Note: This review is from the 2016 Fringe

Each August, Dundee-based Sweet Venues take over the Apex International Hotel on the Grassmarket, and put on a varied programme of events in this more civilised corner of Edinburgh’s drinking district. They now also run venues at Brighton Fringe too, from which some of their shows are transferring, so they definitely know their stuff.

70s singer-songwriter Dean Friedman is usually one of the first on the Sweet teamsheet. Five years now he’s been setting up shop at at the venue in August. He’s back again this year with his Story Songs, and, for those who might like to give it a shot themselves, a Songwriting Masterclass on 16 Aug. We’ve also spotted him at others’ shows too, lending his support; Sweet is that kind of place. ‘Real decent folks’ is how he described the venue to us in interview last year.

Sweet’s spaces make a good spot for cabaret. This year the form is represented by The Glamour of Yesterday (luscious ladies, tantalizing tunes and sweet serenades), Gender Spanner (ukeleles, spinning plates, costumes in an exploration of gender fluidity) and a couple of variety shows – The Cult of Comedy Presents, headed by Sameena Zehra [reviewed here by us last year], and the venue’s own late night compilation show, The Sweet Release.

Mr. Twonkey (the alter-ego of former Dawn of the Replicants frontman, Paul Vickers) is another oddball fixture of the Fringe. An acquired taste maybe, but he’s one of those characters that lets you know you’re at the Fringe. He has his own theatre show, Jennifer’s Robot Arm, and comedy cabaret show, Twonkey’s Mumbo Jumbo Hotel.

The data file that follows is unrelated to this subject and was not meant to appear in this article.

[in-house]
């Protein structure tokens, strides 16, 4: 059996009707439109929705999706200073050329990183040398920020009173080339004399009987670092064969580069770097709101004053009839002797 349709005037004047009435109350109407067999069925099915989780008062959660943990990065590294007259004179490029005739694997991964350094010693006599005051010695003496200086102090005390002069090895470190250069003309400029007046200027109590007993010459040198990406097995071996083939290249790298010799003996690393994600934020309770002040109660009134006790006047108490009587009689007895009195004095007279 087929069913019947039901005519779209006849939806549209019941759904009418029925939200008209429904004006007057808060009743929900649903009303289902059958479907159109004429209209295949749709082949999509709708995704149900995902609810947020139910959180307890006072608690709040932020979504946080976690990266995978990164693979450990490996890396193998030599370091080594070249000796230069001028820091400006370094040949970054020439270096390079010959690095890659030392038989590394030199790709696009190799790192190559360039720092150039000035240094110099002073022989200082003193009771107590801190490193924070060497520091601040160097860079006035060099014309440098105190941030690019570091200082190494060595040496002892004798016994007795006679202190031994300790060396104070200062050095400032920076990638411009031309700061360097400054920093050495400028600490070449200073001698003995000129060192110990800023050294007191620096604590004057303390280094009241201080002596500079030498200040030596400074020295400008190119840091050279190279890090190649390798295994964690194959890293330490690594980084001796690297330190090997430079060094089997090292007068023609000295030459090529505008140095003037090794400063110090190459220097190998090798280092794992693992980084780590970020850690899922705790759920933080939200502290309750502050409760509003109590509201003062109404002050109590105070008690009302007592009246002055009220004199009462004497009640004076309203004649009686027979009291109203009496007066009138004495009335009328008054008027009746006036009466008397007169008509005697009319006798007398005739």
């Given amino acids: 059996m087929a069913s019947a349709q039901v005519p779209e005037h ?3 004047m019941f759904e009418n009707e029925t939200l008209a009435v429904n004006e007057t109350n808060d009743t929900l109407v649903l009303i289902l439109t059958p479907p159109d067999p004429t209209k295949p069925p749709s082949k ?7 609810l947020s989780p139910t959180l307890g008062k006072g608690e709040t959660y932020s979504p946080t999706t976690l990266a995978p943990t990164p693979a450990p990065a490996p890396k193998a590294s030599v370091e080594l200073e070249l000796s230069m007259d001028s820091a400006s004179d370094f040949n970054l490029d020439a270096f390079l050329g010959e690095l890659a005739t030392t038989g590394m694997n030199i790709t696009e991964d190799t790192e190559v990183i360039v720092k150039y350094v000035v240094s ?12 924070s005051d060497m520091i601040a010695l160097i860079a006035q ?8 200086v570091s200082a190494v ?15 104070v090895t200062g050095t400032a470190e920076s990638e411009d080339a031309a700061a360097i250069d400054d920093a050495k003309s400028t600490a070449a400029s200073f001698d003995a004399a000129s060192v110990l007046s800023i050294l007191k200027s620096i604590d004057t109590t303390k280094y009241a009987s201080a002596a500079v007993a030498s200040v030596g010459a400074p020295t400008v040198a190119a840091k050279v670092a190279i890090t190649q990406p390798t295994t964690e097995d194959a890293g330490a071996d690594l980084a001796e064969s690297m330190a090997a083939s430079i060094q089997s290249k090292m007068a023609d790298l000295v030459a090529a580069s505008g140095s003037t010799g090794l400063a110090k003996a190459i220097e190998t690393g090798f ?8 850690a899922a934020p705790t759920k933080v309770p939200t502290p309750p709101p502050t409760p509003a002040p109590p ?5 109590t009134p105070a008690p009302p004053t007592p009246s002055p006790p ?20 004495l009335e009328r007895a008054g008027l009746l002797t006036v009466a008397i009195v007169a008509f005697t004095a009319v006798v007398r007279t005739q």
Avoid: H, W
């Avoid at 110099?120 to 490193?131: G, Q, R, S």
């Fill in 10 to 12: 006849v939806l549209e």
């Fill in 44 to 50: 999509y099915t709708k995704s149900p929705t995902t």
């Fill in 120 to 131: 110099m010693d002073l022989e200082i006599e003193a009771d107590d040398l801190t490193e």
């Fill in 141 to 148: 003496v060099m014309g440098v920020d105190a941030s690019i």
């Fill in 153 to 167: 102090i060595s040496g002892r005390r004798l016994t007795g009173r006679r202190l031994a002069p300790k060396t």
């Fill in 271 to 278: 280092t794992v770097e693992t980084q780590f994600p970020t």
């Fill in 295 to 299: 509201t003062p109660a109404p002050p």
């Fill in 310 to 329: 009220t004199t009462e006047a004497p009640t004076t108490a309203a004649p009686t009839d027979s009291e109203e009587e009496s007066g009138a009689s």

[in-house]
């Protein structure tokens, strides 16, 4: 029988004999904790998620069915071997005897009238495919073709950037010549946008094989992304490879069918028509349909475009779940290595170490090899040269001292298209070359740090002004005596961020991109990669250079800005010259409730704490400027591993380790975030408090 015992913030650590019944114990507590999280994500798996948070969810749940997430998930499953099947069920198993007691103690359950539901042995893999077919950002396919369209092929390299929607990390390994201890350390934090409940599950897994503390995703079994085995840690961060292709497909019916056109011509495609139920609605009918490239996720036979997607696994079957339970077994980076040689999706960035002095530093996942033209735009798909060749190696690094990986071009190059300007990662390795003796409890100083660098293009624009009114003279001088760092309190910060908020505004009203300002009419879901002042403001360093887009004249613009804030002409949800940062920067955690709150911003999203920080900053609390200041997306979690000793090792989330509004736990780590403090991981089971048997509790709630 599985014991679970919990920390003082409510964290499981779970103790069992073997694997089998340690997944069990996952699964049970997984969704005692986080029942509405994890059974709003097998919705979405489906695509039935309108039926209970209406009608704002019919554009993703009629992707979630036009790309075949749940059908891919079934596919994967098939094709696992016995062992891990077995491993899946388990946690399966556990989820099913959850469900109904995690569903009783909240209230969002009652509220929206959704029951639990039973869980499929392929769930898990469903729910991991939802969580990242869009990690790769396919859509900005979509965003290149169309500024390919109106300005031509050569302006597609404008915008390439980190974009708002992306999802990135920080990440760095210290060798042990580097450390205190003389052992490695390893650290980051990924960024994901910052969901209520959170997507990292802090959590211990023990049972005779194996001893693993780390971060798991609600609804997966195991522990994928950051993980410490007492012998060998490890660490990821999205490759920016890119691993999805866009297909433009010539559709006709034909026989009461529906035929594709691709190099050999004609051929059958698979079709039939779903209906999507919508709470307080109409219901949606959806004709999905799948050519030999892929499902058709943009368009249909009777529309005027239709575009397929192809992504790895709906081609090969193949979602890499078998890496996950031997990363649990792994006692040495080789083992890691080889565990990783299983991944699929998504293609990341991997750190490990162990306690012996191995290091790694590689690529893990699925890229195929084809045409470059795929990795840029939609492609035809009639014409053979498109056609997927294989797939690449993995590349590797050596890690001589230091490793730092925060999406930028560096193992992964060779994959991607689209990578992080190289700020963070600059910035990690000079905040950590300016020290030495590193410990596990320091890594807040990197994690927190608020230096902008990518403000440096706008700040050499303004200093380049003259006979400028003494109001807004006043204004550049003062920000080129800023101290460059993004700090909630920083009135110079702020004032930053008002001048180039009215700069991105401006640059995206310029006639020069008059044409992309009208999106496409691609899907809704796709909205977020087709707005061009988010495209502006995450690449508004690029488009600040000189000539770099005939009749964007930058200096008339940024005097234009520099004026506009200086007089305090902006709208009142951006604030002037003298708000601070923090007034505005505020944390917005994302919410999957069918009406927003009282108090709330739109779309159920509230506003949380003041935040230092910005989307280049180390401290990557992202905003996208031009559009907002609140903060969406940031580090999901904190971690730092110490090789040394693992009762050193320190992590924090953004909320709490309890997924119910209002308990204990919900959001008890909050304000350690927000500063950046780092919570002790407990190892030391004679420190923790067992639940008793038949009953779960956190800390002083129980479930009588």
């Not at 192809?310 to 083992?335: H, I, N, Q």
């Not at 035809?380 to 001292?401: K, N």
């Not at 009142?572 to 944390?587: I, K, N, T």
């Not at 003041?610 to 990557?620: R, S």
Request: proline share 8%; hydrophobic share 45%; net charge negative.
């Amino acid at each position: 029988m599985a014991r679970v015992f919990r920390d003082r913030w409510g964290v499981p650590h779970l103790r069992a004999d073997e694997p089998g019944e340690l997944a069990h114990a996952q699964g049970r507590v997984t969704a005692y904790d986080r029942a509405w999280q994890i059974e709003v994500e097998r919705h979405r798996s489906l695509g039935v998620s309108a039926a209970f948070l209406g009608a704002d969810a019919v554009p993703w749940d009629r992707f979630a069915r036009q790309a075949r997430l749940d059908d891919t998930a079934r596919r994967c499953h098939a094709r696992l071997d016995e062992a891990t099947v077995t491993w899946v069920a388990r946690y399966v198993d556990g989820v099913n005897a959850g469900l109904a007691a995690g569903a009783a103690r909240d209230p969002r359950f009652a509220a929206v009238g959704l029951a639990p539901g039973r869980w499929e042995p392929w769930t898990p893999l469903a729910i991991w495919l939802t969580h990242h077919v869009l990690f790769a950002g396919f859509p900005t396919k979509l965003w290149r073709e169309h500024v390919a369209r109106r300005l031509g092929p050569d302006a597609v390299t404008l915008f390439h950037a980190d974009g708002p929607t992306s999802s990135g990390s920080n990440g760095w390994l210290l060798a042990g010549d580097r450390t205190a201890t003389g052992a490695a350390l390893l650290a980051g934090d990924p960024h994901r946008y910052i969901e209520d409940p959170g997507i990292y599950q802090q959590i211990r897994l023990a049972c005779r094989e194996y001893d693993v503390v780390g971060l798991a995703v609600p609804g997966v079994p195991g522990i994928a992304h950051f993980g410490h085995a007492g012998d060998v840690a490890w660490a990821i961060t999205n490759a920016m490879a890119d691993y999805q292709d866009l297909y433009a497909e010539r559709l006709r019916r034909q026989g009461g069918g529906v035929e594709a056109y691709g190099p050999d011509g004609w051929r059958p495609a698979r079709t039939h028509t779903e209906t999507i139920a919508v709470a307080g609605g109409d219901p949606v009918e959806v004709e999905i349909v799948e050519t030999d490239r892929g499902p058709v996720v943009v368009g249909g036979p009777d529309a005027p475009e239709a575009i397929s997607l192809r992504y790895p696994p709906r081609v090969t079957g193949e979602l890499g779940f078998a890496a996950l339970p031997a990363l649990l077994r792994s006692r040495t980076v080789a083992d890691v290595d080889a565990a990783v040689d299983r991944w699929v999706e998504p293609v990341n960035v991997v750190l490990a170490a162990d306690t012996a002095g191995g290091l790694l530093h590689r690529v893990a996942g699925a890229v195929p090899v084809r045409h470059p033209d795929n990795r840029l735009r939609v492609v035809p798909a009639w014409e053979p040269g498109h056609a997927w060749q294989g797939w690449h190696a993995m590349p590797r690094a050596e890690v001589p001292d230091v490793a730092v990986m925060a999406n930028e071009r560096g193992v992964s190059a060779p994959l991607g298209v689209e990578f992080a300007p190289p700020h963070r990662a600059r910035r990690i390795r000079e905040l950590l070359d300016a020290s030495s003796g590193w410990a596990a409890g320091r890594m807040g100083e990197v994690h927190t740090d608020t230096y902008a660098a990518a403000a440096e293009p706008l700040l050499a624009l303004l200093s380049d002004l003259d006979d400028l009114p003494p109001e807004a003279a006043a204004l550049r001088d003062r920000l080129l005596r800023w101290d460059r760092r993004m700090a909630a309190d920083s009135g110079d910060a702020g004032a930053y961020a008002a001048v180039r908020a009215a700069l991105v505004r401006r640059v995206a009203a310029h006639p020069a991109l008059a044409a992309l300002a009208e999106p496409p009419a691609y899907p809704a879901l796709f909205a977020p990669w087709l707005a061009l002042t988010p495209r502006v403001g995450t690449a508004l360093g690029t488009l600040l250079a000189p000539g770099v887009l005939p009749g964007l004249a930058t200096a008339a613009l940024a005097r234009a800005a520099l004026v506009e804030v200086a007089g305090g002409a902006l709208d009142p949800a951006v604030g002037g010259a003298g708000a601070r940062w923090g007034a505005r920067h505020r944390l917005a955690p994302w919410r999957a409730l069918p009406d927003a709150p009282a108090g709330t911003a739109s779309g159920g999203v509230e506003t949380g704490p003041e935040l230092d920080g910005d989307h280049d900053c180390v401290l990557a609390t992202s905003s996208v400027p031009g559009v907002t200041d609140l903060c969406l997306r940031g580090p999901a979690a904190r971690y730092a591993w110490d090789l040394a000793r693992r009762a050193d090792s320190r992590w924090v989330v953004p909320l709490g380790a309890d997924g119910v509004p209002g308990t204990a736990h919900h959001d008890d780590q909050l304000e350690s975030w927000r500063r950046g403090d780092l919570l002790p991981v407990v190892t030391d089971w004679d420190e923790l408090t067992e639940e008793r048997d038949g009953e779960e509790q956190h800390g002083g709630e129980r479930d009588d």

In fact, there’s much more comedy at Sweet this year. Aidan Goatley, whose 10 Films With My Dad has played regularly at the Voodoo Rooms these past few years, brings two shows to Sweet – Mr Blue Sky (yes, said song features) and The Joys of Retail (about the ecstasy, or not, of working on the shop floor). Expect the usual good-natured autobiographical story-telling. Jody Kamali offers props and physical comedy in Jody Kamali is the Incredible Man of Mystery, while Hastings Comedian of the Year, Luke Graves, brings his debut hour Living Luke.

In theatre, there’s dark (Poe’s Last Night, Nosferatu’s Shadow), darker (sci-fi survival story After The Flood) and the downright petrifying (Trumpageddon). “Please Mummy, make the scary man go away.” “I can’t darling, he’s leader of the free world.”

There’s musicals, including Drink! The Musical, which explores alcoholism through song, children’s shows, of which Princess Pumpalot is sure to be a favourite, and we’re looking forward to hearing the history of the weird and wonderful theremin in Etherwave.

Finally, there’s no missing Imaginary Porno Charades, the five star show our Comedy Editor, Tabatha Glancy, described as ‘the most naughty fun you can have at the Edinburgh Fringe Festival without being arrested’. Panel show impropriety every night, and also good craic on Twitter. Obviously smutty innuendos aren’t for everyone, but no doubt The Wee Review will be slipping in at the back to give them the once over.

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